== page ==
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From "Dennis E. Hamilton" <>
Subject RE: [PROPOSAL] White-Box Releases Only
Date Mon, 22 Dec 2014 03:24:20 GMT
I agree that anyone that does major overhaul to build a branded distribution of their own will
certainly do that.  I am absolutely not concerned about that.  Those are forks and they are
just fine.

For binaries built and distributed by the Corinthia project, whatever the quantities and mix
are, I am concerned about two cases: (1) assuring the authenticity and integrity of the ones
built by the project and (2) discouraging knock-off any Corinthia-originated executables and
"apps" that pass for someone else's but end up appearing to be ones built and as distributed
by the project.

The white-label situation is mainly about (2) if and when that ever arises.  It is good to
know the policy about that, so we don't fall into the problem that AOO faces (and this has
nothing to do with an AOO-Corinthia connection, just that they now face a problem over knock-offs).

(1) also helps in conjunction with (2) but (1) includes knowing they have artifacts that were
produced by the project and that the project stands behind.  There are a number of positive
benefits, including other folks doing forensic work that leads them to look into the libraries
someone is using.  It is valuable for there to be a clear-cut method for determining it was
produced by the Corinthia Project or not.  This is also relevant if we ever need to identify
library distributions that may be impacted by a vulnerability or exploit and it is important
that folks can determine what has dependencies on that particular library.

 -- replying just to this one --
From: Peter Kelly [] 
Sent: Sunday, December 21, 2014 18:54
Subject: Re: [PROPOSAL] White-Box Releases Only

> On 22 Dec 2014, at 9:39 am, Peter Kelly <> wrote:
[ ... ]

> I think a precursor to this is us determining what exactly Corinthia *is*. My view (and
I realise others may differ) is that it is first and foremost a collection of libraries from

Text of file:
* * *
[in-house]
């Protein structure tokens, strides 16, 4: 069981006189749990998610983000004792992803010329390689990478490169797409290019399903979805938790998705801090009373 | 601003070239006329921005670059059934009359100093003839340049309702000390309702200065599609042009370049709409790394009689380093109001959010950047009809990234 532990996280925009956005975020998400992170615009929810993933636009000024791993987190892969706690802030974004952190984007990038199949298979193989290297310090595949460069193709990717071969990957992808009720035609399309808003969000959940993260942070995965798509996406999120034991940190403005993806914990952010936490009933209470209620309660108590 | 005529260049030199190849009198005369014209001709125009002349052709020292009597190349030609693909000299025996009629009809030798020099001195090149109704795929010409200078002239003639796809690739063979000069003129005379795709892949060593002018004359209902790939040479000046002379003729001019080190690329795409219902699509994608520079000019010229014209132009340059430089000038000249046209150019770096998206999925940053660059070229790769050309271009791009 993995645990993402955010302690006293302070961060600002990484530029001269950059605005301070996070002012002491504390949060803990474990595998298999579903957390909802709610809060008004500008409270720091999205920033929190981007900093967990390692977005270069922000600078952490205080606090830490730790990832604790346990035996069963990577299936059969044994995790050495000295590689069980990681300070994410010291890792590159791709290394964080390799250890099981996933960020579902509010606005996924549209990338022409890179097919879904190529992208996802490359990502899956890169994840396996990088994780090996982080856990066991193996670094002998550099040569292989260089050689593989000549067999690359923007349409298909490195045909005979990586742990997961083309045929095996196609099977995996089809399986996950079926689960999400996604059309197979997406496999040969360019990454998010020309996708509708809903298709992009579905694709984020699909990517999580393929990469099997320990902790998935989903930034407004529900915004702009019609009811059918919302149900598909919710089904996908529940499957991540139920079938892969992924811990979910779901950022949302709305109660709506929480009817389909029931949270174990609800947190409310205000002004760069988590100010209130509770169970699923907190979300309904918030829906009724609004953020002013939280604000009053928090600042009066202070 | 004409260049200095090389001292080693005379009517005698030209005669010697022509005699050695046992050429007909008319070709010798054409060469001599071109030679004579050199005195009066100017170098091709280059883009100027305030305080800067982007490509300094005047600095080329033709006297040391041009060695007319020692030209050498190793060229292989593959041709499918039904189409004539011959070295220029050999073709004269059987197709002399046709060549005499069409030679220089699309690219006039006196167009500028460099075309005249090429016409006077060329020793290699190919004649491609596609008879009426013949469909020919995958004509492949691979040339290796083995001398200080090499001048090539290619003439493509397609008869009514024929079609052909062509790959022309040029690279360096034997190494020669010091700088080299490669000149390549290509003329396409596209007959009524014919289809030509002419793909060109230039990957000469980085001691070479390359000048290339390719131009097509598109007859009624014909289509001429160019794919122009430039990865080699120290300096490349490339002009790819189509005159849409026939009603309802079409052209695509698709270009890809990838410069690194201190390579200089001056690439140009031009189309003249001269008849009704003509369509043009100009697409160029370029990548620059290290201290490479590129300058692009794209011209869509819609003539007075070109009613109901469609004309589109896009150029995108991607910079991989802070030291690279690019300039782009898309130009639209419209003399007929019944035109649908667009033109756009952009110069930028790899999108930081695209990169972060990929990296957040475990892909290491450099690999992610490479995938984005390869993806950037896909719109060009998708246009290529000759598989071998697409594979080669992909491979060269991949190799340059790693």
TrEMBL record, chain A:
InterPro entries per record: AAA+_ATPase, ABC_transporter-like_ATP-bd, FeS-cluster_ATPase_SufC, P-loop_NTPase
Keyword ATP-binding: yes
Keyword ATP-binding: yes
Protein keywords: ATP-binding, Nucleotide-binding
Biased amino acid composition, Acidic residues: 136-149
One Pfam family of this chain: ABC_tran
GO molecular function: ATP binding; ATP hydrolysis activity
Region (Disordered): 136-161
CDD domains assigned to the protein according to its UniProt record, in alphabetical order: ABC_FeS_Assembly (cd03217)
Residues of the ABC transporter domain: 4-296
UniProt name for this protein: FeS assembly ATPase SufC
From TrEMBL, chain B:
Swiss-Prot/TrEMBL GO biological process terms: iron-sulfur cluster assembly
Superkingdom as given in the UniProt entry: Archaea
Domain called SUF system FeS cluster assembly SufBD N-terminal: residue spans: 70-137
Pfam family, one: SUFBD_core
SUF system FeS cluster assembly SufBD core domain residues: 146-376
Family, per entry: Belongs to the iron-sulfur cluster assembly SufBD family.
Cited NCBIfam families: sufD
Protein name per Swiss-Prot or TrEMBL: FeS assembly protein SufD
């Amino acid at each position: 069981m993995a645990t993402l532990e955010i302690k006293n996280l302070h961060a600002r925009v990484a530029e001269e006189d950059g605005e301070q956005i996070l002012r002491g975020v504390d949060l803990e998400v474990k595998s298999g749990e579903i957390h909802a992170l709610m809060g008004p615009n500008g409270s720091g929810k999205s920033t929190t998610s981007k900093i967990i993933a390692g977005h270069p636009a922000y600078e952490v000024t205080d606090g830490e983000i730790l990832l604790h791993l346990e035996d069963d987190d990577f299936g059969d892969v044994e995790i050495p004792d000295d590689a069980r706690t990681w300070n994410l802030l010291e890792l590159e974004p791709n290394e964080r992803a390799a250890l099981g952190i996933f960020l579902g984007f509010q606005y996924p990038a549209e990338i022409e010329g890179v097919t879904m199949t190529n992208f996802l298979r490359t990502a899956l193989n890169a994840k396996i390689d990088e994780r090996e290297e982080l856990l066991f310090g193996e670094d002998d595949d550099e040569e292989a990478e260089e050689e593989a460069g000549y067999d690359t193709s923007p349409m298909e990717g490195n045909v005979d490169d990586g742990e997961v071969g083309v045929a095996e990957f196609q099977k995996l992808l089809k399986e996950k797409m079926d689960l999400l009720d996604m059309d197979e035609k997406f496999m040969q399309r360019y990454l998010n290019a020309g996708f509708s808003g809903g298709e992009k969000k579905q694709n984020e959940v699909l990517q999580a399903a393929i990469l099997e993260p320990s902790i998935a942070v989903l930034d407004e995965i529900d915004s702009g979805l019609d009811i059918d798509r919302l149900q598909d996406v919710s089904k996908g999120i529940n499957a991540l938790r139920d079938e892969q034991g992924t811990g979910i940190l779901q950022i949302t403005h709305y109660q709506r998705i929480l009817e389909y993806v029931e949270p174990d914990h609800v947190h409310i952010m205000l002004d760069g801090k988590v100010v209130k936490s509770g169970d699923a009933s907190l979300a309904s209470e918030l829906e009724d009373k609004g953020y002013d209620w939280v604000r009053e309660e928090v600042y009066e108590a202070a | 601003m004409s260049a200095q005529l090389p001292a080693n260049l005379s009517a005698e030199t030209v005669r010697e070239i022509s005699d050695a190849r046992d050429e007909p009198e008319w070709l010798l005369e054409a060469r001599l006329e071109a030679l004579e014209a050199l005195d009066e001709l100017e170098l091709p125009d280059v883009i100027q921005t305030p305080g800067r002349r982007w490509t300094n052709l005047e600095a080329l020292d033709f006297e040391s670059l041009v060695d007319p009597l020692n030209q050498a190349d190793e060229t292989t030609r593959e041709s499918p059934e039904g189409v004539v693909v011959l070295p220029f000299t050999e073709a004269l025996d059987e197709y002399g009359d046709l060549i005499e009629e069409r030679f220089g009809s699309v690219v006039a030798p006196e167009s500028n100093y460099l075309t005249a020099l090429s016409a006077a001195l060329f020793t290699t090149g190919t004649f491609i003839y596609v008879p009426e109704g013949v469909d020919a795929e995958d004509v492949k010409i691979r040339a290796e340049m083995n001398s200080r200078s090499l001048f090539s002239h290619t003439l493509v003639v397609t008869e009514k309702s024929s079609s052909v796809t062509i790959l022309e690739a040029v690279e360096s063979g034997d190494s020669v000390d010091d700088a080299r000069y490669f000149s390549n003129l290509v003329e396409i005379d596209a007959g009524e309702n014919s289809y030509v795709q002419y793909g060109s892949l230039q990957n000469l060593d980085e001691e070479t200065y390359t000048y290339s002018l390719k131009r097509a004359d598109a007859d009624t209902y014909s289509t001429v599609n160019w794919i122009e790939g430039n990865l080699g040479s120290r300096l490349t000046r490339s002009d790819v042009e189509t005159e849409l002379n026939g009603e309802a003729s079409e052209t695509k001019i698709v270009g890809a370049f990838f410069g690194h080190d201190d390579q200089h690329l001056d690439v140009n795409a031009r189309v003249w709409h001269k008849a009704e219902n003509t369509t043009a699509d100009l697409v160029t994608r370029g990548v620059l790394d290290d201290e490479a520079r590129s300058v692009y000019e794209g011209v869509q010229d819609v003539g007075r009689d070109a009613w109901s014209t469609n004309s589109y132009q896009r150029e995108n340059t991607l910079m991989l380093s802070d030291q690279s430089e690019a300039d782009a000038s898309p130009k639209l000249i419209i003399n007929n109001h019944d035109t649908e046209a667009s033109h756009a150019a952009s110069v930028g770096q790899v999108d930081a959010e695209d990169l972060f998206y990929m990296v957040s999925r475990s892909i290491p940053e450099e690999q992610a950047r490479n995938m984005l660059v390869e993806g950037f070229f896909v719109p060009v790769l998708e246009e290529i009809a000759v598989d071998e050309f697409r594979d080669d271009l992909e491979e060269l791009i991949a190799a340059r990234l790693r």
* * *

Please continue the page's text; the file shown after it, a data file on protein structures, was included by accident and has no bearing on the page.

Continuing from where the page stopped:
which one can build end-user applications (be they commercial or open source), rather than
an application in and of itself (which is a key difference from OpenOffice). While application
develop has been discussed as part of the effort - and I agree is within the scope of what
we are doing - I think we risk confusion if we try and use the Corinthia name to refer to
a particular application.

[ ... ]

I also foresee there being several major applications that come out of our efforts. One could
be a desktop office suite. Another could be a web-based office suite. A third may be an iOS/Android
office suite. A fourth may be a dedicated writing tool, or a dedicated spreadsheet (that is,
focusing on one particular aspect). A fifth could be a content management system/e-publishing
workflow which utilises the editor and file format support.

So I think that targeting a specific application that an end-user can download & use is
at this stage premature, and risks constraining the scope of what the project is about. As
I mentioned above, I see our efforts as primarily directed towards “building blocks” used
for building *many* different end-user apps, with likely multiple end-user apps in addition
to that - but each of those apps would be a distinct brand/distribution from the perspective
of an end user.

[ ... ]

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